Monday, December 24, 2012

Defining workplace comfort

While most people know comfort when they feel it, being comfortable can be difficult to describe. It's hard to measure, but employee comfort is central to a positive, productive workplace environment.

"Worker comfort directly affects important predictors of operational efficiency, such as productivity, job satisfaction, retention, well-being, and at its most basic level, of course, worker health," states Herman Miller in "Home Sweet Office: Comfort in the Workplace."

The business furniture maker explains comfort is subjective, dynamic and changeable based on physical positioning, atmospheric temperatures and body types. Comfort is also closely tied to an individual's psychological state, which directly impacts his or her ability to focus and multitask.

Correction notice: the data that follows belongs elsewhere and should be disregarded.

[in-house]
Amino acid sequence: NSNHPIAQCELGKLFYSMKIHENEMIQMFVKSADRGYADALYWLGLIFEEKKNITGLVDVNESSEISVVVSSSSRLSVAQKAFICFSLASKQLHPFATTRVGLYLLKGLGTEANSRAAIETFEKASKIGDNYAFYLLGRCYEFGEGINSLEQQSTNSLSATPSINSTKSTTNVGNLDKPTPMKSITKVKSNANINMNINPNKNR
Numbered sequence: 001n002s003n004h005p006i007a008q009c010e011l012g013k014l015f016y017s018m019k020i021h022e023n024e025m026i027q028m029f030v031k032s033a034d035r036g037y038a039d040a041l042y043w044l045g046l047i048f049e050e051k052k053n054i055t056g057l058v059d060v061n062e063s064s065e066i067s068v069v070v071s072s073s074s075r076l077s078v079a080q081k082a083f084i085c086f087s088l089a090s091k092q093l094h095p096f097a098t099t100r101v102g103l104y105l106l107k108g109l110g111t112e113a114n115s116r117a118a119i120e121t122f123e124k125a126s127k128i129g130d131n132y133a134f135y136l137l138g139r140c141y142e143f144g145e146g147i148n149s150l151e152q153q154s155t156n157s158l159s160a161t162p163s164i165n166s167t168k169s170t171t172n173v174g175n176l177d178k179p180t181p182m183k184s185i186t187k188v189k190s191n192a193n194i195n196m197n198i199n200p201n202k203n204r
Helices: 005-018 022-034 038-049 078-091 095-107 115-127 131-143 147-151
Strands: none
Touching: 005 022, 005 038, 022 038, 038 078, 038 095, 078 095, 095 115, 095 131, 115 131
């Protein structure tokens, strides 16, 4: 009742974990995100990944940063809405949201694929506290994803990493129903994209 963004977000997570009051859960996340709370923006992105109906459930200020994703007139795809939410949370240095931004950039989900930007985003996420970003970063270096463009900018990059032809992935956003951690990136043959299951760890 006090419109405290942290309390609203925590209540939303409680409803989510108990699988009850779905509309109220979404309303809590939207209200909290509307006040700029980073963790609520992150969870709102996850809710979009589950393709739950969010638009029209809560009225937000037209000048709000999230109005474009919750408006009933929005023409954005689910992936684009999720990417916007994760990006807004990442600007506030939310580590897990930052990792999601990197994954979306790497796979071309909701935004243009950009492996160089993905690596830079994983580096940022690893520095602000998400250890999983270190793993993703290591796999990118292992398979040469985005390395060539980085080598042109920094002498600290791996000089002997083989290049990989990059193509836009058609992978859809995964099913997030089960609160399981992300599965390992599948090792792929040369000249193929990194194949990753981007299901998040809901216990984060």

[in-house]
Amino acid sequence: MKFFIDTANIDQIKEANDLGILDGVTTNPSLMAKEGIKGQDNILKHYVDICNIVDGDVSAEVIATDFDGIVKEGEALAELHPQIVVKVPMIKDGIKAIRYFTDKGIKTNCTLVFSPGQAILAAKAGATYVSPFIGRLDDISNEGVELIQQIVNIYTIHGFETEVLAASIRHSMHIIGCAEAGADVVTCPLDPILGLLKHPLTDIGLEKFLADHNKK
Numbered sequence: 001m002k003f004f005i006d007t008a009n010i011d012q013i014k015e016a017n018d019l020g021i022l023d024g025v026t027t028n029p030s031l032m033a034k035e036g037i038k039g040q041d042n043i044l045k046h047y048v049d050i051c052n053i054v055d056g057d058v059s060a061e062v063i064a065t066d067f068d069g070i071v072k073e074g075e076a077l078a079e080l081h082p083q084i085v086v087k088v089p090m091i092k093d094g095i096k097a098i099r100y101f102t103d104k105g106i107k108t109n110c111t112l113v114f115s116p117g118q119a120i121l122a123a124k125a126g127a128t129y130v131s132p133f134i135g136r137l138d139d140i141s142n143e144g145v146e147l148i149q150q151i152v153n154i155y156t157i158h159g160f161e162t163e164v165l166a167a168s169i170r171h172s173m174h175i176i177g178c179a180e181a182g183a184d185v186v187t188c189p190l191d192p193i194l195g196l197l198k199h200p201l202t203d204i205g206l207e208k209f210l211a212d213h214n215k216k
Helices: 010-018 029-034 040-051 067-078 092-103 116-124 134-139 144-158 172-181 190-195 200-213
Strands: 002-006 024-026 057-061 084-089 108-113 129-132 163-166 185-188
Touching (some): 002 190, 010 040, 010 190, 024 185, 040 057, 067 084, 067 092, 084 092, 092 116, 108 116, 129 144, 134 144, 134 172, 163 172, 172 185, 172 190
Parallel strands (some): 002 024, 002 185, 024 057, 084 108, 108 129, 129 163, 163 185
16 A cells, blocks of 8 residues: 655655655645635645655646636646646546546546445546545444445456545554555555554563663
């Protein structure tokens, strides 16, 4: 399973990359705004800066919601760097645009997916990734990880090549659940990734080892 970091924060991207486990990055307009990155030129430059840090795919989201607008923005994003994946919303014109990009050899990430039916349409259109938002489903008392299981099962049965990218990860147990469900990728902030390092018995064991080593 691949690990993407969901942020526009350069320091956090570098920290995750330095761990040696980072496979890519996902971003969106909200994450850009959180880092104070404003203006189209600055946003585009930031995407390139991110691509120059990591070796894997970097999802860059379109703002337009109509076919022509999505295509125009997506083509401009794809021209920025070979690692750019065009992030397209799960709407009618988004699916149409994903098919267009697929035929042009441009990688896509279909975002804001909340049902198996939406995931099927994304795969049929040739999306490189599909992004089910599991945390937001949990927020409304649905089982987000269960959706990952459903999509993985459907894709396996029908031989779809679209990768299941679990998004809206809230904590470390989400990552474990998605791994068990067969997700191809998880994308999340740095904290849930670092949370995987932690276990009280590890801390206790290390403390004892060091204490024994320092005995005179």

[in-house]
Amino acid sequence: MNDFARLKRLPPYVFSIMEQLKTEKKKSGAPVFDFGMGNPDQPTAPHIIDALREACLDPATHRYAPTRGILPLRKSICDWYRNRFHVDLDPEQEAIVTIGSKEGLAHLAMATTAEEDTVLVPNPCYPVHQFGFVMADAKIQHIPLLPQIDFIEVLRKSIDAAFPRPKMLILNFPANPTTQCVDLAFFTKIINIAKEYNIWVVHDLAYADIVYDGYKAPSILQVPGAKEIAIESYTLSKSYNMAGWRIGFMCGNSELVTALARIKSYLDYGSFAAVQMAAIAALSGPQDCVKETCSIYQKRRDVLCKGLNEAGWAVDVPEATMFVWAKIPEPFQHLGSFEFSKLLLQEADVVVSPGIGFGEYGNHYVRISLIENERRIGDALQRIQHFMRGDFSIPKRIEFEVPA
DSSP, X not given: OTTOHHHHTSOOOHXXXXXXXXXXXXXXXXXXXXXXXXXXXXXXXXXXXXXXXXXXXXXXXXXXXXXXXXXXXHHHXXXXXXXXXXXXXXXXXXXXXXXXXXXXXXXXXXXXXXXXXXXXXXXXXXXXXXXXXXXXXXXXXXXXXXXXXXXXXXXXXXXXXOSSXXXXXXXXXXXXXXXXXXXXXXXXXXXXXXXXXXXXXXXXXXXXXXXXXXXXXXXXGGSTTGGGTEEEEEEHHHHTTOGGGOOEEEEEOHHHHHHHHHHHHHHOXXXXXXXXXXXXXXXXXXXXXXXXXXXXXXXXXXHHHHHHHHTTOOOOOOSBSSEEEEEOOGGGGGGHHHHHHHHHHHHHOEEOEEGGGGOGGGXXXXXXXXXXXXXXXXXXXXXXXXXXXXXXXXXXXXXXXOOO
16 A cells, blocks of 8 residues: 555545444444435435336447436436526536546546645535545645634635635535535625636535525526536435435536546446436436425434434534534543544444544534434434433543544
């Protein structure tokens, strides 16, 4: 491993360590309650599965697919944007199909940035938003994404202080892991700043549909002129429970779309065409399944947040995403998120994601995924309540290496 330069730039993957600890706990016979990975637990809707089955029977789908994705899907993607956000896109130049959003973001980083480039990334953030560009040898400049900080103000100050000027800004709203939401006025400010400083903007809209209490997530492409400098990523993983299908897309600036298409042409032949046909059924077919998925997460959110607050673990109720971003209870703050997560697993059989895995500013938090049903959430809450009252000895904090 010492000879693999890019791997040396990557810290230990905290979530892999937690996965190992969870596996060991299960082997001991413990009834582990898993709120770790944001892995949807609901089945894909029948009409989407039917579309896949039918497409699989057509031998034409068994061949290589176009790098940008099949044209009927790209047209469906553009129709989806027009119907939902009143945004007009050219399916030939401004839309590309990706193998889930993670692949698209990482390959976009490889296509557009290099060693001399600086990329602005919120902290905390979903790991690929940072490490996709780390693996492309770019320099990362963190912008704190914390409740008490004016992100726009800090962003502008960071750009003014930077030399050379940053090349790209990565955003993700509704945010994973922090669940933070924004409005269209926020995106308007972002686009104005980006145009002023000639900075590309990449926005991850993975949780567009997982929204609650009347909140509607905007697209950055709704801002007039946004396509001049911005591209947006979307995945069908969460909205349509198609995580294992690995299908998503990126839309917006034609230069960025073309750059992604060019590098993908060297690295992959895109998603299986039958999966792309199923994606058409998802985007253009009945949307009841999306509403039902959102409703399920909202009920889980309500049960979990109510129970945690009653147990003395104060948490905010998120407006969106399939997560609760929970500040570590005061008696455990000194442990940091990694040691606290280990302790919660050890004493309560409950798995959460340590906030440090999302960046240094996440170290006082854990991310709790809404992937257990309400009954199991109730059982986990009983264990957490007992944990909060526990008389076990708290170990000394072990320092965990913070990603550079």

In a study of 500 workers, Herman Miller found that having a comfortable office to work in is the most valued workstation characteristic.

It's clear how individuals physically feel impacts how they perform. To make matters more complex, aesthetic and appearance of an office landscape can also impact how comfortable a worker feels in his or her environment. Colors, shapes and space have the power to overwhelm, disgust, please and impress employees.

When purchasing business furniture, it's very important to consider how ergonomic chairs, custom workstations and other items can affect employees' comfort levels.

Want to create a comfortable, collaborative work environment? Visit the Office Furniture Warehouse website to complete your office landscape.

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